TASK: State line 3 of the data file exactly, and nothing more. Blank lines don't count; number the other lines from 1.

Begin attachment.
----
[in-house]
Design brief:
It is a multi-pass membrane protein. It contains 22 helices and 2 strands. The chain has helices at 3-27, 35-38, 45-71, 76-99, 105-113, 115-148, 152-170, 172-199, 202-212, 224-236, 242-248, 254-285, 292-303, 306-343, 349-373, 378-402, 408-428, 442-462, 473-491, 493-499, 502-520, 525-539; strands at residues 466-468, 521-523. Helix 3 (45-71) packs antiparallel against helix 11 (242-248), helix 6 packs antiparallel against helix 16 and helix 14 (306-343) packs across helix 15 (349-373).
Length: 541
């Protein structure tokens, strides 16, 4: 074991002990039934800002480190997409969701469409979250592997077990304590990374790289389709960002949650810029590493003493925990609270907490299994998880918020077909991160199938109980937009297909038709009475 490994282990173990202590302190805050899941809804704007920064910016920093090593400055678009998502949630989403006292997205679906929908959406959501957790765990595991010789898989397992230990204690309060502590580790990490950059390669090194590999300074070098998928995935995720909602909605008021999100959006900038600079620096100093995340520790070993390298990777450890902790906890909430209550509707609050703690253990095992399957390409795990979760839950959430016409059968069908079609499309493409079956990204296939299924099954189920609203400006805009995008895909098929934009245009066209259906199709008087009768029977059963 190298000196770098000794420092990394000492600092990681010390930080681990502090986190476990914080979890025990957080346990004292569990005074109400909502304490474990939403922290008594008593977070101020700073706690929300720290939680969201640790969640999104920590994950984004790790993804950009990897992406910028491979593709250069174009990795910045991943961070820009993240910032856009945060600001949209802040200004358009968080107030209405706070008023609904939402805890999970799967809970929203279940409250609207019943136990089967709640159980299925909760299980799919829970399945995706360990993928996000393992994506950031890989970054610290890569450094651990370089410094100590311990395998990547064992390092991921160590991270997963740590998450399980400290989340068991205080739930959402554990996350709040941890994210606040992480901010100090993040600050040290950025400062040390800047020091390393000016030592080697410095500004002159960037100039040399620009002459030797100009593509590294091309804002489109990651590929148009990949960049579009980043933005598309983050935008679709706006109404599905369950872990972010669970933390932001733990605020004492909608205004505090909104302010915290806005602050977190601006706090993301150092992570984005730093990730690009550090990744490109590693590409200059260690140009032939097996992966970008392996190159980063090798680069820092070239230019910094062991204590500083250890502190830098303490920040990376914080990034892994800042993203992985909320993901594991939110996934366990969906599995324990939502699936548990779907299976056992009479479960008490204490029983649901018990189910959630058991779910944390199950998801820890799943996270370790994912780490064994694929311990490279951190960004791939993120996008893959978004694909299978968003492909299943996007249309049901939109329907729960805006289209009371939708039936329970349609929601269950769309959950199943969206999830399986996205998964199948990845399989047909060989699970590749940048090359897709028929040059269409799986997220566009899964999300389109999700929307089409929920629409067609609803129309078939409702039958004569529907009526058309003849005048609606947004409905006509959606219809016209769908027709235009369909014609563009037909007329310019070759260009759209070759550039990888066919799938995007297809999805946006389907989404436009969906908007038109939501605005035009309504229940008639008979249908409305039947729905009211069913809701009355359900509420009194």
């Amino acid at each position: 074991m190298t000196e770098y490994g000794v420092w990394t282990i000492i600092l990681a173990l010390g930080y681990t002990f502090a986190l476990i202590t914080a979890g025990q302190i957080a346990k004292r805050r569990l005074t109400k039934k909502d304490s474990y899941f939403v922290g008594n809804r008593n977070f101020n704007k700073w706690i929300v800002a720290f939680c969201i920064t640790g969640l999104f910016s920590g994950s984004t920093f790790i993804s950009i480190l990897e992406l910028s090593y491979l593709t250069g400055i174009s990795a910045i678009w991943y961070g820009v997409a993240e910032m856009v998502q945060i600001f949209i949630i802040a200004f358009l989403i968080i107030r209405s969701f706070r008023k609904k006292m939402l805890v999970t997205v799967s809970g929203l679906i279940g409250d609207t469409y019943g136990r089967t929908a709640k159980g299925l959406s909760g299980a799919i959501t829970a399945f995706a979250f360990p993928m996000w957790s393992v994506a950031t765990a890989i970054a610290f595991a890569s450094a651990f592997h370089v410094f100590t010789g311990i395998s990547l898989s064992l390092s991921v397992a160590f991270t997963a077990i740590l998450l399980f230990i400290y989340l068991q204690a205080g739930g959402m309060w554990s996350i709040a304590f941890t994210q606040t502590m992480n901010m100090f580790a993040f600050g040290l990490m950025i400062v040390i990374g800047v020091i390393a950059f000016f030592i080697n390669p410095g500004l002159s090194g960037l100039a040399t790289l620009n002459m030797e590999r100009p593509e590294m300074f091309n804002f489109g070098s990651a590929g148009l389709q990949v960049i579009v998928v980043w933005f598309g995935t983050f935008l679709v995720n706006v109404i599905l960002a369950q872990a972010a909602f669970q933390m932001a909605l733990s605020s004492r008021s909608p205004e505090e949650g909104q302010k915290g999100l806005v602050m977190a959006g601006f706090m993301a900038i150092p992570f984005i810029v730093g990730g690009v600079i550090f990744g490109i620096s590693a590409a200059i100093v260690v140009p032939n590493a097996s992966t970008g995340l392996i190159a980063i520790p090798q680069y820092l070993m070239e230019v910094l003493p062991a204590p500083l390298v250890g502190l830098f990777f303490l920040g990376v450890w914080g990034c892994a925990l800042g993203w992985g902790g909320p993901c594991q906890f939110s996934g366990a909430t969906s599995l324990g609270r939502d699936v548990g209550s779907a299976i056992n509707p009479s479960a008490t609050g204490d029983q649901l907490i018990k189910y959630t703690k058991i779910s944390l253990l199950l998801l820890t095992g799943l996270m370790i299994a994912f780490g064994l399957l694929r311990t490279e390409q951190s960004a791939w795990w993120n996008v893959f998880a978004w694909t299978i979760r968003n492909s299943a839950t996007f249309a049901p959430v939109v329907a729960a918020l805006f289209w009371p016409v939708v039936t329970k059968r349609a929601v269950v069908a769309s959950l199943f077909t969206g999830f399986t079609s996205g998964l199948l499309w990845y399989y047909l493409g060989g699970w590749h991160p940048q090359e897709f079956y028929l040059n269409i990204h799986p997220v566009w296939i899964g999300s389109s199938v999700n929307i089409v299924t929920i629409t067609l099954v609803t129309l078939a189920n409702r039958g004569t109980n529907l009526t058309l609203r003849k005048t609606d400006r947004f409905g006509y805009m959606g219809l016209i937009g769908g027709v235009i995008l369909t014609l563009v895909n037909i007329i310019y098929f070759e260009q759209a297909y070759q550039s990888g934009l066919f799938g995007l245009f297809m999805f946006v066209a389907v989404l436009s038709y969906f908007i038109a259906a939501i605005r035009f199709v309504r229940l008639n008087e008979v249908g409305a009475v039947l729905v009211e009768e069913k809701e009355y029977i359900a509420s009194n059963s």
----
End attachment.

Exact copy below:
It is a multi-pass membrane protein. It contains 22 helices and 2 strands. The chain has helices at 3-27, 35-38, 45-71, 76-99, 105-113, 115-148, 152-170, 172-199, 202-212, 224-236, 242-248, 254-285, 292-303, 306-343, 349-373, 378-402, 408-428, 442-462, 473-491, 493-499, 502-520, 525-539; strands at residues 466-468, 521-523. Helix 3 (45-71) packs antiparallel against helix 11 (242-248), helix 6 packs antiparallel against helix 16 and helix 14 (306-343) packs across helix 15 (349-373).